A Stick on Fire
- Clarkey: A Portrait in Letters of Mary Clarke Mohl 1793-1883 by Margaret Lesser
Oxford, 235 pp, £15.00, September 1984, ISBN 0 19 211787 4
- George Eliot and Community: A Study in Social Theory and Fictional Form by Suzanne Graver
California, 340 pp, £22.70, August 1984, ISBN 0 520 04802 4
In her first public writing after her elopement with George Henry Lewes in 1854, George Eliot compared the position of women in England and in France: ‘in France alone the mind of woman has passed like an electric current through the language, making crisp and definite what is elsewhere heavy and blurred.’ And, writing under cover of anonymity for the Westminster Review, she declared that one reason for the achievement of women in France is ‘laxity of opinion and practice with regard to the marriage-tie ... Gallantry and intrigue are sorry enough things in themselves, but they certainly serve better to arouse the dormant faculties of women than embroidery and domestic drudgery.’ She was then reviewing Victor Cousin’s Madame de Sablé, and Cousin had been briefly the lover of a woman whom Marian Evans (or George Eliot) already knew, and was to know better: Mary Clarke Mohl, whose style of writing and life might epitomise Marian Evans’s trenchant early views of women’s powers. Mary writes in her journal in 1826, when she was turning back from Cousin to her lover, Fauriel:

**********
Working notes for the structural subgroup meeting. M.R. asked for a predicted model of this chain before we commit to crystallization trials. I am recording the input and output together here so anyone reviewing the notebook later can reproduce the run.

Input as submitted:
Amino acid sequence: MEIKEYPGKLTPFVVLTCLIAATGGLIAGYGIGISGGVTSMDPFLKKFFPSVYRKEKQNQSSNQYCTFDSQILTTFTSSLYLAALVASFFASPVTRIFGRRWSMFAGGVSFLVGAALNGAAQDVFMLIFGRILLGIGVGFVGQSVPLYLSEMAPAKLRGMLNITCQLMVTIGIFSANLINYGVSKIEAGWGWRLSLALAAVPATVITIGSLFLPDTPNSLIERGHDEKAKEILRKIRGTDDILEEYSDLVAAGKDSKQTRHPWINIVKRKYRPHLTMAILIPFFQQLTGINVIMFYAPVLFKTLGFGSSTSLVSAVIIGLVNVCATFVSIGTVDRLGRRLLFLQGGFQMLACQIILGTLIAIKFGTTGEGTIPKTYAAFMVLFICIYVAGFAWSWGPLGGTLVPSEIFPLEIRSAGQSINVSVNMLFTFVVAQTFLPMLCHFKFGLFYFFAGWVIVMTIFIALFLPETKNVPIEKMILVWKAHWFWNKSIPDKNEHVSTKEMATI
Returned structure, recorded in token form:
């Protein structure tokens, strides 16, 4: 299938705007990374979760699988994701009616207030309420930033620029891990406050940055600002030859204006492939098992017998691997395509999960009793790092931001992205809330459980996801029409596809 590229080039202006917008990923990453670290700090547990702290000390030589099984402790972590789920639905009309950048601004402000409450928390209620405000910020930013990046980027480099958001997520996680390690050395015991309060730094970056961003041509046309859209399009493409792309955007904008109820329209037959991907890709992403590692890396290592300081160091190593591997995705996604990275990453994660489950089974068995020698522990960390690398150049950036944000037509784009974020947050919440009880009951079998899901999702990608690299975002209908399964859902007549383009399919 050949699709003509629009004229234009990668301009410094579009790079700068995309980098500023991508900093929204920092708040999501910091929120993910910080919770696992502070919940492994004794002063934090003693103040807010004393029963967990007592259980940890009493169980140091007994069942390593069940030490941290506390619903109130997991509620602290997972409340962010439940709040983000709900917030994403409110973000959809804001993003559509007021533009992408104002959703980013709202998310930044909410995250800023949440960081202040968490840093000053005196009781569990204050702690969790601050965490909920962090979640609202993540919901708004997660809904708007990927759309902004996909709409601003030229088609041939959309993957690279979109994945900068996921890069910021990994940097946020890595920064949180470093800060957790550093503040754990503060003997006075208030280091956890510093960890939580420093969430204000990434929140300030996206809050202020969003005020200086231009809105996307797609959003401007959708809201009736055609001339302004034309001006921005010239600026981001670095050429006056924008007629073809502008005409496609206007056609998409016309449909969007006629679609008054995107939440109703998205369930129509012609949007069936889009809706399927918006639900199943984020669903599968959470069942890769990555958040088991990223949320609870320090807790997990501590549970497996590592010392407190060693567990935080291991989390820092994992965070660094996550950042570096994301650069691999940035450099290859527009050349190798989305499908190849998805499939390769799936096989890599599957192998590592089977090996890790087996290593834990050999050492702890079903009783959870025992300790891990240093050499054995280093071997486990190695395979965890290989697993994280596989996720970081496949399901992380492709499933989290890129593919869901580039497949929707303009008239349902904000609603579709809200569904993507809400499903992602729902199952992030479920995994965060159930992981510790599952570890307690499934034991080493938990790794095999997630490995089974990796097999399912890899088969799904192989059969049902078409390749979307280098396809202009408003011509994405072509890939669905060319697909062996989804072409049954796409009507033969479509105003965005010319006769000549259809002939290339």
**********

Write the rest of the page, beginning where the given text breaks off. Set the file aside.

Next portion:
Vol. 7 No. 4 · 7 March 1985
SIR: Gillian Beer’s very kind review of my portrait-in-letters Clarkey (LRB, 7 February) raises a question which has puzzled me ever since I started to work on the subject. Dr Beer wonders if I have selected the most ‘arresting entries’ from Mary Clarke’s letters and journal. I have, of course – and to that extent no doubt falsified a correspondence which, like most others, contains its repetitions, banalities, private references etc. But I do not think I have been more selective, or more subjectively selective, than all but the most voluminous biographers; selection seems somehow to be more suspicious in a letter-portraitist than a biographer. But a subject like Mary Clarke, who is interesting above all for what she said and was (rather than what she did), seems to demand to be presented through her letters, with as little commentary (and surmise) as possible. I wonder how these consideration can be reconciled.
Gillian Beer writes: My point was not that there should be no selection, but that the principles of selection should be made clear. It is not possible in Clarkey to distinguish between gaps in the source-material and the editor’s choice, or to know the grounds of that choice.
Vol. 7 No. 6 · 4 April 1985
SIR: In her review of Margaret Lesser’s Clarkey (LRB, 7 February) Gillian Beer speaks of ‘Mrs Hugo Reid’s work in founding Bedford College’. Mrs John Reid, or, as she preferred, Mrs Elizabeth Jesser Reid, was the founder of Bedford College.
Bedford college, university London